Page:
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ARS Home » Midwest Area » Peoria, Illinois » National Center for Agricultural Utilization Research » Bioenergy Research » Research » Publications at this Location » Publication #348409

Research Project: Biochemical Technologies to Enable the Commercial Production of Biofuels from Lignocellulosic Biomass

Location: Bioenergy Research

Title: Reprogrammed pathways of genetically engineered industrial yeast for xylose utilization

Author
item Liu, Zonglin

Submitted to: Biotechnology for Fuels and Chemicals Symposium Proceedings
Publication Type: Abstract Only
Publication Acceptance Date: 4/26/2018
Publication Date: 4/27/2018
Citation: Liu, Z.L. 2018. Reprogrammed pathways of genetically engineered industrial yeast for xylose utilization [abstract]. Biotechnology for Fuels and Chemicals Symposium Proceedings. M27.

Interpretive Summary:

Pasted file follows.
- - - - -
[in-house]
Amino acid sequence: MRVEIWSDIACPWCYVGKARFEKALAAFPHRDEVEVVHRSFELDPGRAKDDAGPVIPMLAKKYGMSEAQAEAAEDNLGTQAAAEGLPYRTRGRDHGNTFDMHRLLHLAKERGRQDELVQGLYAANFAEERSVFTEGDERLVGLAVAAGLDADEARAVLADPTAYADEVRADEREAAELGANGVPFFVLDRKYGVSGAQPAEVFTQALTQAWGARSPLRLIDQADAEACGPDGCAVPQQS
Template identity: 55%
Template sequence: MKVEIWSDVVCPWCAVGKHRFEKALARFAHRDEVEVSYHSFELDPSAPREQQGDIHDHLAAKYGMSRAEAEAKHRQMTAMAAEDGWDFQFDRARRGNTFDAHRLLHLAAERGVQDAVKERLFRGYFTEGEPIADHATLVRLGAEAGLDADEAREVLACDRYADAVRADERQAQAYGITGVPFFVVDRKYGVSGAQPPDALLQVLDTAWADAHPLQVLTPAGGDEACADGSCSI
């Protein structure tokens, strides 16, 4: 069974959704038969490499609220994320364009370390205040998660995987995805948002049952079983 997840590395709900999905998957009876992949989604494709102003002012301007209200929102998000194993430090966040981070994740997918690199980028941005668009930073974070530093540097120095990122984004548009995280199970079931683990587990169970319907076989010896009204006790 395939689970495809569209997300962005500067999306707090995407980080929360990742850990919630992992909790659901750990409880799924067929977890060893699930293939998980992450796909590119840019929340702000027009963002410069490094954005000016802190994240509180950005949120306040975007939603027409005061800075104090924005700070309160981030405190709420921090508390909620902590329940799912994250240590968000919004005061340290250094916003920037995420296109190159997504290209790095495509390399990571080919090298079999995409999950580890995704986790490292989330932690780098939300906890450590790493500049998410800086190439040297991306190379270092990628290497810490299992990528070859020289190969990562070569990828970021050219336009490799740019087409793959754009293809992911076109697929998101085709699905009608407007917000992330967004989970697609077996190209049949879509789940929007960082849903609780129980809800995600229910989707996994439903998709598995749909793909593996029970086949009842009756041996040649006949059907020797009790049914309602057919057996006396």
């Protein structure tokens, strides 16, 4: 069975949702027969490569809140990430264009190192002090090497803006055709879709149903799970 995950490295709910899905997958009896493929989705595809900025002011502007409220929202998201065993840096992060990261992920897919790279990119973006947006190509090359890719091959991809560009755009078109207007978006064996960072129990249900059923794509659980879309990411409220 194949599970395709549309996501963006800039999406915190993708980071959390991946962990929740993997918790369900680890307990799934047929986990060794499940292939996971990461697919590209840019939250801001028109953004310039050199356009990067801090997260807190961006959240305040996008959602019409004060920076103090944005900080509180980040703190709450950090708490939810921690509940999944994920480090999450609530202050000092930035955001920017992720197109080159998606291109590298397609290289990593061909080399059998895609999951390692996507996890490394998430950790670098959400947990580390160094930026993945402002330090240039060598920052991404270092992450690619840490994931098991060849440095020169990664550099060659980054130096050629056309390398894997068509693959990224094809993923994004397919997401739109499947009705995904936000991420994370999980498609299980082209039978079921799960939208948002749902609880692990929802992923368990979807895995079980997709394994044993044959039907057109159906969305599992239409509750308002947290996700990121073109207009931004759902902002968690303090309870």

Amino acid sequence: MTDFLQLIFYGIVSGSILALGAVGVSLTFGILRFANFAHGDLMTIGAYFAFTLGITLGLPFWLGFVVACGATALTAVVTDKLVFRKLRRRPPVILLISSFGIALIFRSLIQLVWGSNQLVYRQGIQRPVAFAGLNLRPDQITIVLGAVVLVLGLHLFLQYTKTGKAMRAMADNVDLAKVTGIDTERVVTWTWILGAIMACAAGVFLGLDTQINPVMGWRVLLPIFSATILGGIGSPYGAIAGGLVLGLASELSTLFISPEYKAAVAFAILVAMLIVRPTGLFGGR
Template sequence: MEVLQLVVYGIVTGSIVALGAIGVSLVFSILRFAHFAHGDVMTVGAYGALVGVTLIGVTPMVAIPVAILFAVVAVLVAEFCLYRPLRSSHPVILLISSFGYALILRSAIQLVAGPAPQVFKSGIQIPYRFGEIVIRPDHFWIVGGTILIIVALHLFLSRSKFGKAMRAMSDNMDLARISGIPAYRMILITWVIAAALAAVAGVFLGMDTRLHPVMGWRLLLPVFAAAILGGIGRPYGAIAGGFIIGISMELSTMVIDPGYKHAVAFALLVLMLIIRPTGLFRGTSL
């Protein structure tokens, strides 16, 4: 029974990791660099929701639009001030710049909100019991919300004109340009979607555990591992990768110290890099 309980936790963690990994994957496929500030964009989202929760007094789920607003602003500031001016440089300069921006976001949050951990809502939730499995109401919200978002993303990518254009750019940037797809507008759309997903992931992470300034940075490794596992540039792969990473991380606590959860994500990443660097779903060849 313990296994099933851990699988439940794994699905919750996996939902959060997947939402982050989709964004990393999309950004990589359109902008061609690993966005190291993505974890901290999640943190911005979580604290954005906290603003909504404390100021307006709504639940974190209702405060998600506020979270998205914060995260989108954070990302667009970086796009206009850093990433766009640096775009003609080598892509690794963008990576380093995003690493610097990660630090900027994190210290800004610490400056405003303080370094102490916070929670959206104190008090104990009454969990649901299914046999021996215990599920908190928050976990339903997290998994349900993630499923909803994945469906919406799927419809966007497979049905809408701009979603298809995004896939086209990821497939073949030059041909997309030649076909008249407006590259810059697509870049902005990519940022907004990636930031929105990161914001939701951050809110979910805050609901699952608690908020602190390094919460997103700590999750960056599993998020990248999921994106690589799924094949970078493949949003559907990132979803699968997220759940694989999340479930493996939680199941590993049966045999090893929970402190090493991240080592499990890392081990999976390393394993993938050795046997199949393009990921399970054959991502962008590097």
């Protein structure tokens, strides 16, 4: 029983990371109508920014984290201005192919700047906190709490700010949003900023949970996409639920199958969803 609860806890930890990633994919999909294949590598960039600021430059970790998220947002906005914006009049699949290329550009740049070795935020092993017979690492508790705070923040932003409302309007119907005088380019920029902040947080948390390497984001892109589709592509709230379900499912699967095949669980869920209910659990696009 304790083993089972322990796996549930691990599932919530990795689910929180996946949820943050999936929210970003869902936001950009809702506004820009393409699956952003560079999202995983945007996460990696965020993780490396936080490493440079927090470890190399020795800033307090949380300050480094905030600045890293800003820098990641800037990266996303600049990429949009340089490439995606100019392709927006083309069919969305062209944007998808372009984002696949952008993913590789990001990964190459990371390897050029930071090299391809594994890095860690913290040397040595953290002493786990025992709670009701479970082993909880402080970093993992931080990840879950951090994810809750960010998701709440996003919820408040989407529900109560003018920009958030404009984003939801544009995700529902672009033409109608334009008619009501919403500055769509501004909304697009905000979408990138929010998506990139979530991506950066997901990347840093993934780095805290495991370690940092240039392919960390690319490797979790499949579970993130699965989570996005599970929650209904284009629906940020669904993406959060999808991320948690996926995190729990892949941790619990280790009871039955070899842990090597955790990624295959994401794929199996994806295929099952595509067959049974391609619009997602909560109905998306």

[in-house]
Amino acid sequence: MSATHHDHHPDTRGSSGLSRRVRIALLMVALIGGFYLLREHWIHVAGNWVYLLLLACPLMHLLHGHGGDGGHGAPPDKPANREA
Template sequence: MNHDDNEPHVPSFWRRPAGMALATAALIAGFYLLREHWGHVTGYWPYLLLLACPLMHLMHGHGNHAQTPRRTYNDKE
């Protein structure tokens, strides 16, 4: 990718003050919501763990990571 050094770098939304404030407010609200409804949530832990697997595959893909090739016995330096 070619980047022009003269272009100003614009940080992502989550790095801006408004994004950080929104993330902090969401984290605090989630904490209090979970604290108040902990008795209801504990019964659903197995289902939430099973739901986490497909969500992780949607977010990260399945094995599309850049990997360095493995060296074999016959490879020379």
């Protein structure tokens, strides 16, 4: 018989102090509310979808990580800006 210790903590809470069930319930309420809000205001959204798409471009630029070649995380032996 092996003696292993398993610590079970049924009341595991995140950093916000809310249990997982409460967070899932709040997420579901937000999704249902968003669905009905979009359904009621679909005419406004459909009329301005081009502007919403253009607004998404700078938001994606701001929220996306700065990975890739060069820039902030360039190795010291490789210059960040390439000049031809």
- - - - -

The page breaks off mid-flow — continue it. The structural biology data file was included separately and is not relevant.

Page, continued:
Technical Abstract: Conventional industrial yeast Saccharomyces cerevisiae is superb in glucose consumption but limited in uptake and utilization of xylose. Introduction of heterologous genes is commonly used to enable xylose metabolism. In this study, we report reprogrammed pathways for a genetically engineered industrial yeast derivative stain NRRL Y-50463 that enabled its utilization of xylose using pathway-based qRT-PCR array analyses. Strain Y-50463 has a genetic background with a synthesized yeast xylose isomerase gene YXI in its chromosome XV and a set of plasmid-carried heterologous genes from Scheffersomyces stipitis, including xylitol dehydrogenase, xylulokinase, and two xylose transporter genes XUT4 and XUT6. The extremely high levels of constitutive expression of YXI served as a necessary initiating step for xylose metabolism facilitated by the heterologous xylose transporter and utilization genes. The highly activated transketolase and transaldolase genes TKL1, TKL2, TAL1 and NQM1 as well as their complex interactions in the non-oxidative pentose phosphate pathway were critically important for the serial steps of sugar transformation to drive the metabolic flow of sugar into glycolysis. The introduced YXI-led heterologous gene set changed gene expression profiles of the yeast. Consequently, the altered gene interactions favored the non-oxidative pentose phosphate pathway in Y-50463, which enabled xylose to be transformed into glycolysis for increased ethanol production. Our results also suggest the industrial yeast, with many desirable characteristics, can be further improved to serve as a better delivery vehicle for new strain development in efficient lignocellulose-to-advanced biofuels production.